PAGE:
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Quotes from Sense and Sensibility by Jane Austen
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1  This, and Marianne's blushing, gave new suspicions to Edward.
Sense and Sensibility By Jane Austen
Get Context   In CHAPTER 18
2  They will tell me I should write to the Doctor, to get Edward the curacy of his new living.
Sense and Sensibility By Jane Austen
Get Context   In CHAPTER 38
3  Nothing new was heard by them, for a day or two afterwards, of affairs in Harley Street, or Bartlett's Buildings.
Sense and Sensibility By Jane Austen
Get Context   In CHAPTER 38
4  She had heard nothing of him since her leaving London, nothing new of his plans, nothing certain even of his present abode.
Sense and Sensibility By Jane Austen
Get Context   In CHAPTER 47
5  The subject was continued no farther; and Marianne remained thoughtfully silent, till a new object suddenly engaged her attention.
Sense and Sensibility By Jane Austen
Get Context   In CHAPTER 18
6  Nor could she leave the place in which Willoughby remained, busy in new engagements, and new schemes, in which SHE could have no share, without shedding many tears.
Sense and Sensibility By Jane Austen
Get Context   In CHAPTER 42
7  This was quite a new idea to Mrs. Dashwood; she had never been used to find wit in the inattention of any one, and could not help looking with surprise at them both.
Sense and Sensibility By Jane Austen
Get Context   In CHAPTER 19
8  She could soon tell at what coachmaker's the new carriage was building, by what painter Mr. Willoughby's portrait was drawn, and at what warehouse Miss Grey's clothes might be seen.
Sense and Sensibility By Jane Austen
Get Context   In CHAPTER 32
9  She vowed at first she would never trim me up a new bonnet, nor do any thing else for me again, so long as she lived; but now she is quite come to, and we are as good friends as ever.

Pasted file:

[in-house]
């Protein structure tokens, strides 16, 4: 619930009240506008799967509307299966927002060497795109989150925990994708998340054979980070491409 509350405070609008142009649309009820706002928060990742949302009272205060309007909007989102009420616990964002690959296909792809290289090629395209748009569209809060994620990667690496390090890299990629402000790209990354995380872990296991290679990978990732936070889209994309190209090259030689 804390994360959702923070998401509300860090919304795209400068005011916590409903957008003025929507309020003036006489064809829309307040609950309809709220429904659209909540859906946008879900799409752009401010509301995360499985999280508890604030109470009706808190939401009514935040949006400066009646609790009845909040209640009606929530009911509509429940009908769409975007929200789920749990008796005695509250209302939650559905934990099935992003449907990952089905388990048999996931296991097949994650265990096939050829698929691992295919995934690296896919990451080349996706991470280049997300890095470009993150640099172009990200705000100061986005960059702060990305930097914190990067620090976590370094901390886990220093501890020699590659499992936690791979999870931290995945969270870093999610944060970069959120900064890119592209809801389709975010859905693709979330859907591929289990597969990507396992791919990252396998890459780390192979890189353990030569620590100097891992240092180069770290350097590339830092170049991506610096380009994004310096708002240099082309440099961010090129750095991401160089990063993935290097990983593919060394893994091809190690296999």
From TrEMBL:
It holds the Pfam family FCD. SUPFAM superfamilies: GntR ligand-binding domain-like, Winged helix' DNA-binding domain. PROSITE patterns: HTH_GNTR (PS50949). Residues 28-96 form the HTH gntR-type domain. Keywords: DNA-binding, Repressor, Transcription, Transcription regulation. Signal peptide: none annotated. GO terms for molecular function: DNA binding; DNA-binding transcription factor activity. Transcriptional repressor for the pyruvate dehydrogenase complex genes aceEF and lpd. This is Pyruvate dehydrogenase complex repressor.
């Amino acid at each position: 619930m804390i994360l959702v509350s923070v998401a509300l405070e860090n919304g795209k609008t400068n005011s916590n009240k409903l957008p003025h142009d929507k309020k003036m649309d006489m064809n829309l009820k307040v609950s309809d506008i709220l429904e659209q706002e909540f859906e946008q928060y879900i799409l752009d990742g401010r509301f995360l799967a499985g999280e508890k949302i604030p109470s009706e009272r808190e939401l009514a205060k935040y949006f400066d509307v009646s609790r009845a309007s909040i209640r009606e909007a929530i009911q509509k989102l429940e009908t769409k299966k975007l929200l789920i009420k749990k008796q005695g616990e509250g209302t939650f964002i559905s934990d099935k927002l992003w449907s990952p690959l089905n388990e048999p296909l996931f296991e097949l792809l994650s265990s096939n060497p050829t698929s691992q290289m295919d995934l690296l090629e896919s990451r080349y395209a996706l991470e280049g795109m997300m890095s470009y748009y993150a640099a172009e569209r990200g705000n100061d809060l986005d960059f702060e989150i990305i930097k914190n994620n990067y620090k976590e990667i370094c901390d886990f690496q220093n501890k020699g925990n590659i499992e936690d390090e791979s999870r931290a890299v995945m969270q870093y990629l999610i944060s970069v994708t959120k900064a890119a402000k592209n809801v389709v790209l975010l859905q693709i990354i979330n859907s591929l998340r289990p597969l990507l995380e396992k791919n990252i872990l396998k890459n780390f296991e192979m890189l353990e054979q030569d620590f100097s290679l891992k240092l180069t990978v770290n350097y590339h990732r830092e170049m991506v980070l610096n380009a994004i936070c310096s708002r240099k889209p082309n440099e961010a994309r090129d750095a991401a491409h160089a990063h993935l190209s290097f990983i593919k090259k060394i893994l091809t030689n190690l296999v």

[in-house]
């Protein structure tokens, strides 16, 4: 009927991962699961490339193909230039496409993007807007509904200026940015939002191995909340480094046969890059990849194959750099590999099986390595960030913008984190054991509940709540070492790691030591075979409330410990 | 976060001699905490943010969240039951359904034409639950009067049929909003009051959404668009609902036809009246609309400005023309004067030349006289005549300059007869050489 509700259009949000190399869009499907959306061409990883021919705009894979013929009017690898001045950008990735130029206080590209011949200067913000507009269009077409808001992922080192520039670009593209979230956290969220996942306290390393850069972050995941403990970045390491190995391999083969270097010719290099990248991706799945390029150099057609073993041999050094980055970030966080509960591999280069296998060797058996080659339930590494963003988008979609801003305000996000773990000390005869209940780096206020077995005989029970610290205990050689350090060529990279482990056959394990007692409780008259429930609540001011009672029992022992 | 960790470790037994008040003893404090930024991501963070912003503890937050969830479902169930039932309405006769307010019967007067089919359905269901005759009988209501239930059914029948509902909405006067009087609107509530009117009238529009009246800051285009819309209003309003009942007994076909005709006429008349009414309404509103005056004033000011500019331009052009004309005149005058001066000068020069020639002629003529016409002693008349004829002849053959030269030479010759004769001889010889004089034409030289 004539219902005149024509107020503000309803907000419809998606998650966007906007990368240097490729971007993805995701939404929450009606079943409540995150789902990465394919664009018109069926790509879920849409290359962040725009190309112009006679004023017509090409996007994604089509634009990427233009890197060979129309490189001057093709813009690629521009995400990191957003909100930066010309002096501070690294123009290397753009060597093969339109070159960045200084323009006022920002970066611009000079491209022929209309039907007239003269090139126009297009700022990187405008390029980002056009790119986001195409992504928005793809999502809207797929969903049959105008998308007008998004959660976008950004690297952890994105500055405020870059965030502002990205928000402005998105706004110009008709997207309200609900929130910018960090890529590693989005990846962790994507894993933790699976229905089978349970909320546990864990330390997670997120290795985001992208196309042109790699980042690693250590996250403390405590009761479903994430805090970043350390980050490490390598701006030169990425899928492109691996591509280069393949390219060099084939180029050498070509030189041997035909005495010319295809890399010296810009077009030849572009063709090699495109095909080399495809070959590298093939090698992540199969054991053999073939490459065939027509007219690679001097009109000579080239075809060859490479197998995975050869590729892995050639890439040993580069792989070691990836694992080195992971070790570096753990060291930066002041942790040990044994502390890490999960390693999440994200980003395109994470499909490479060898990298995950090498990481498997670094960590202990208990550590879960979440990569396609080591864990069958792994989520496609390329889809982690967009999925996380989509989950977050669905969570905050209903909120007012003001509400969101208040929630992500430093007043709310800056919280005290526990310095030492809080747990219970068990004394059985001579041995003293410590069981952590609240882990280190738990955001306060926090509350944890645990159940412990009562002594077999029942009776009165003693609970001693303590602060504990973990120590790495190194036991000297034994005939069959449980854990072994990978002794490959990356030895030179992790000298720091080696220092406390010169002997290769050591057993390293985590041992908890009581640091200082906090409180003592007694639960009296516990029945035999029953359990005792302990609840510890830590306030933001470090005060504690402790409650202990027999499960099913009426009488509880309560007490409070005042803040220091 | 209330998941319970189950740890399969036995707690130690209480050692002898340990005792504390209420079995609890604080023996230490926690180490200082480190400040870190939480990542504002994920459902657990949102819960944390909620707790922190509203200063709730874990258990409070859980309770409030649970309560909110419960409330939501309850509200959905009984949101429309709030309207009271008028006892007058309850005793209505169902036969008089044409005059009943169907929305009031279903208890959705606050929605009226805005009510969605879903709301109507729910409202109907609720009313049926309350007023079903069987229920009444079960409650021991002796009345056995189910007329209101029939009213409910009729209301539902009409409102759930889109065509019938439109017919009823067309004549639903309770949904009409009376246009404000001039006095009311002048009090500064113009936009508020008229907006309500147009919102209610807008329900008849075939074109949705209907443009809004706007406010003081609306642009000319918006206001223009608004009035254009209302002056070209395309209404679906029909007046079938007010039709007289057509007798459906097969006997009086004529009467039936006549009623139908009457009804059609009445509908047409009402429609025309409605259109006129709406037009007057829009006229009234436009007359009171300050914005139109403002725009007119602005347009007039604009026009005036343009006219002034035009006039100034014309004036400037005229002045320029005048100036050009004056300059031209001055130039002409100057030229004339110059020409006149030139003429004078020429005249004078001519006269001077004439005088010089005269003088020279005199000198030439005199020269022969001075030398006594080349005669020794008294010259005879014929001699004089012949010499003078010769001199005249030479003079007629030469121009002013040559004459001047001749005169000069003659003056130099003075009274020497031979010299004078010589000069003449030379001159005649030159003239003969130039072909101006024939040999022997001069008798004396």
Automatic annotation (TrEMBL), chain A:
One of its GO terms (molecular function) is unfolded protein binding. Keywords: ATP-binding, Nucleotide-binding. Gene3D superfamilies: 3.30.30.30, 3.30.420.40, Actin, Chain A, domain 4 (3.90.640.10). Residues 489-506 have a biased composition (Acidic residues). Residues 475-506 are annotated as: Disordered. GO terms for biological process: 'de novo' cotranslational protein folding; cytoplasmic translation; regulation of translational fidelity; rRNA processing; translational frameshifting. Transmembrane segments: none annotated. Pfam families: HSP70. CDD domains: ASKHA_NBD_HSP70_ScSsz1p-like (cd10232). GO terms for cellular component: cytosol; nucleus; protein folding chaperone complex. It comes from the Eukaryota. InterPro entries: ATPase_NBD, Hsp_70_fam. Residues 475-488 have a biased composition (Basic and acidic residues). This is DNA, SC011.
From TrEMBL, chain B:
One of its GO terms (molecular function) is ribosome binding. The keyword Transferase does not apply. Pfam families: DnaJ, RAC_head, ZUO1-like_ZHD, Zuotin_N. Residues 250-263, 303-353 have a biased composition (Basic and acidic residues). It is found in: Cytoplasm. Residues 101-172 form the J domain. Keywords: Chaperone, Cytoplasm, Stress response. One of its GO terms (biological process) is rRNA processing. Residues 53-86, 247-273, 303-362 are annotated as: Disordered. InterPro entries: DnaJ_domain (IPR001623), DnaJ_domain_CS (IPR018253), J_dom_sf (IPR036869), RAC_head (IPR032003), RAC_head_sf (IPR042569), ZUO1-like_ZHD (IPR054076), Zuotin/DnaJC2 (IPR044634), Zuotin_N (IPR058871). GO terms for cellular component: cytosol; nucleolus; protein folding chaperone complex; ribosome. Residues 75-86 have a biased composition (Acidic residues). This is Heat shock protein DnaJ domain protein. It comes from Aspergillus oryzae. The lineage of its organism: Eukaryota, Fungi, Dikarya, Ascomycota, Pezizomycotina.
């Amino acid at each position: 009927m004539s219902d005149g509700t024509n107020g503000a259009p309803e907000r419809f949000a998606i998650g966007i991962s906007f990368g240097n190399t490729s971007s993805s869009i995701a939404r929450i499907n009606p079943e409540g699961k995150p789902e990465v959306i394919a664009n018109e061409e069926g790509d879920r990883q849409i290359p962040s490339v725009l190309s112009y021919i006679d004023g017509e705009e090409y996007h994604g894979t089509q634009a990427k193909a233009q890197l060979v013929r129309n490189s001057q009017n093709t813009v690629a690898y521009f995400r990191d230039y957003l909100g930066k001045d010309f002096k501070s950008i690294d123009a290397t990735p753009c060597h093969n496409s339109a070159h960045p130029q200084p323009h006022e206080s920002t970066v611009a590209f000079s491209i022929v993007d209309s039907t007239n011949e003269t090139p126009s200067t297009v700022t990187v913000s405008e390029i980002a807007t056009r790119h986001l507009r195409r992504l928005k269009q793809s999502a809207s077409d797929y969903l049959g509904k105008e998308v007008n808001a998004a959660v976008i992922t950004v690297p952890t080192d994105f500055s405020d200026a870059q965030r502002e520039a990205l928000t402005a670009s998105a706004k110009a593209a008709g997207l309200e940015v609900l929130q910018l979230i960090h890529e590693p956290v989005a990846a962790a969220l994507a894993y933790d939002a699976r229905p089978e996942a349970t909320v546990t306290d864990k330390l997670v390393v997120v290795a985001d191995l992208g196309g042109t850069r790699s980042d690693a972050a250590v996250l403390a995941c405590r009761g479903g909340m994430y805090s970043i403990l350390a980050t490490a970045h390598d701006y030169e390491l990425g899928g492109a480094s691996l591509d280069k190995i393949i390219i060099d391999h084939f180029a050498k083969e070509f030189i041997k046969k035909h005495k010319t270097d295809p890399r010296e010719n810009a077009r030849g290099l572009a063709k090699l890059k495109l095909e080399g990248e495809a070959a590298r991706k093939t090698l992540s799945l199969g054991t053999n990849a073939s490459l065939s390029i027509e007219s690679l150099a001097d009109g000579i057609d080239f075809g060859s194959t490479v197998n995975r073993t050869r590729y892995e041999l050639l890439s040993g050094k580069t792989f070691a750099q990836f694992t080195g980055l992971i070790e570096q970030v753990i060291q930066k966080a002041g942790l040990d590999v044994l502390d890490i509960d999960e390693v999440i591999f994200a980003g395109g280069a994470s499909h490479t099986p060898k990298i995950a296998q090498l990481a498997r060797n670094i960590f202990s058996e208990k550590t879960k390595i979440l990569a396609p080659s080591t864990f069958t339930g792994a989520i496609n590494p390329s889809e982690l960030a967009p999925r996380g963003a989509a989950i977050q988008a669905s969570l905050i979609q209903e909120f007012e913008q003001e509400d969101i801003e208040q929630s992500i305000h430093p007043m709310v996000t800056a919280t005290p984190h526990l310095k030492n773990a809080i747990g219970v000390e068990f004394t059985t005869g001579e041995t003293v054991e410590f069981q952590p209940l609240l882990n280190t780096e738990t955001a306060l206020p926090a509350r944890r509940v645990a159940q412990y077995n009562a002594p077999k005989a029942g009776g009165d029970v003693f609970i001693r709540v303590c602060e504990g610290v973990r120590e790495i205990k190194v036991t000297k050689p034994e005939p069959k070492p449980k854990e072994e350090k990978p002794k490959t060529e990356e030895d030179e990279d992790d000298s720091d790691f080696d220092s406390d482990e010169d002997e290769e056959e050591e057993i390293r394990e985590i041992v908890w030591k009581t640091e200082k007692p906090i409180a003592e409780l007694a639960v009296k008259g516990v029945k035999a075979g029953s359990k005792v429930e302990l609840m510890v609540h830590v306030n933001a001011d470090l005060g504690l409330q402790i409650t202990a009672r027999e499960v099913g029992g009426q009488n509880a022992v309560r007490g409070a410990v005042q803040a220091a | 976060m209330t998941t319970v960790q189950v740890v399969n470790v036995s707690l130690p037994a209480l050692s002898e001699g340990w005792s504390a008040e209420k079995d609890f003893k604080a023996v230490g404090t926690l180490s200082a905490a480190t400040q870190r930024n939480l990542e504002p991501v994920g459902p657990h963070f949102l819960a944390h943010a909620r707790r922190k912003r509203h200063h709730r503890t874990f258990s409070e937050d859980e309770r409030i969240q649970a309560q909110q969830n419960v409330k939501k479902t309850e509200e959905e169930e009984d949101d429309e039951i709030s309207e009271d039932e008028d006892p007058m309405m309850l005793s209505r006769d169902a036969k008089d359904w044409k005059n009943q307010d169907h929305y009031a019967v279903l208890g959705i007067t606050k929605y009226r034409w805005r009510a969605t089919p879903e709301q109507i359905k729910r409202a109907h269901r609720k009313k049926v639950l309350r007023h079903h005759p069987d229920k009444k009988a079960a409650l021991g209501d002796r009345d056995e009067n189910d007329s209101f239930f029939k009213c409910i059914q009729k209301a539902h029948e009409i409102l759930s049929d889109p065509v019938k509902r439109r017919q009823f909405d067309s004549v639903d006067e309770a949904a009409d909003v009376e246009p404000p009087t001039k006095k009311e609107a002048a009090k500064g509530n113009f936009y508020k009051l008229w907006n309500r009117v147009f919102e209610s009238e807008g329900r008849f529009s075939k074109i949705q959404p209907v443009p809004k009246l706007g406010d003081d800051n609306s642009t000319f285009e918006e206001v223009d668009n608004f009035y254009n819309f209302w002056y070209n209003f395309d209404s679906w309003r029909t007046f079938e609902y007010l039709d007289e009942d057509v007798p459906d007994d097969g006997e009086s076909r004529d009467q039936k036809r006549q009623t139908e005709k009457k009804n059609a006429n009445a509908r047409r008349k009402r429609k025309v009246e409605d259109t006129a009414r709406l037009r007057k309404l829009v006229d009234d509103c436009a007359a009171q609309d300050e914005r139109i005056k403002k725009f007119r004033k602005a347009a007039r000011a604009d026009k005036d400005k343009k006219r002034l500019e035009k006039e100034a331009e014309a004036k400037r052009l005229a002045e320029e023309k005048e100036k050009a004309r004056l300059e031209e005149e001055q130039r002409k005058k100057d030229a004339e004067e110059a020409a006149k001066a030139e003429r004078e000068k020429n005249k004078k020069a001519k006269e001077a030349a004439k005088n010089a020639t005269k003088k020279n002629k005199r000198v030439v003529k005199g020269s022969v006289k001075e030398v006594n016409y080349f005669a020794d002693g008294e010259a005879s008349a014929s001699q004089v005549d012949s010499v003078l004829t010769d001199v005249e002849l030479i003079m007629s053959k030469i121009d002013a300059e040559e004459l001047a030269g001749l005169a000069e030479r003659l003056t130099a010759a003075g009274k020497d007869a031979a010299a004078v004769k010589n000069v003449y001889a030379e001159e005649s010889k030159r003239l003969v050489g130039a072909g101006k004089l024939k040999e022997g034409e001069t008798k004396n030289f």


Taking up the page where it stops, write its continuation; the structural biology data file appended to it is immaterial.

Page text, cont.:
Sense and Sensibility By Jane Austen
Get Context   In CHAPTER 38
10  The arrival of a new family in the country was always a matter of joy to him, and in every point of view he was charmed with the inhabitants he had now procured for his cottage at Barton.
Sense and Sensibility By Jane Austen
Get Context   In CHAPTER 7
11  and this prepared a future mine of raillery against the devoted Elinor, which nothing but the newness of their acquaintance with Edward could have prevented from being immediately sprung.
Sense and Sensibility By Jane Austen
Get Context   In CHAPTER 18
12  In Colonel Brandon alone, of all her new acquaintance, did Elinor find a person who could in any degree claim the respect of abilities, excite the interest of friendship, or give pleasure as a companion.
Sense and Sensibility By Jane Austen
Get Context   In CHAPTER 11
13  We will walk to the farm at the edge of the down, and see how the children go on; we will walk to Sir John's new plantations at Barton Cross, and the Abbeyland; and we will often go the old ruins of the Priory, and try to trace its foundations as far as we are told they once reached.
Sense and Sensibility By Jane Austen
Get Context   In CHAPTER 46
14  When we met him, he turned back and walked with us; and so we began talking of my brother and sister, and one thing and another, and I said to him, 'So, Colonel, there is a new family come to Barton cottage, I hear, and mama sends me word they are very pretty, and that one of them is going to be married to Mr. Willoughby of Combe Magna.'
Sense and Sensibility By Jane Austen
Get Context   In CHAPTER 20
15  Marianne's eagerness to be gone declared her dependence on finding him there; and Elinor was resolved not only upon gaining every new light as to his character which her own observation or the intelligence of others could give her, but likewise upon watching his behaviour to her sister with such zealous attention, as to ascertain what he was and what he meant, before many meetings had taken place.
Sense and Sensibility By Jane Austen
Get Context   In CHAPTER 26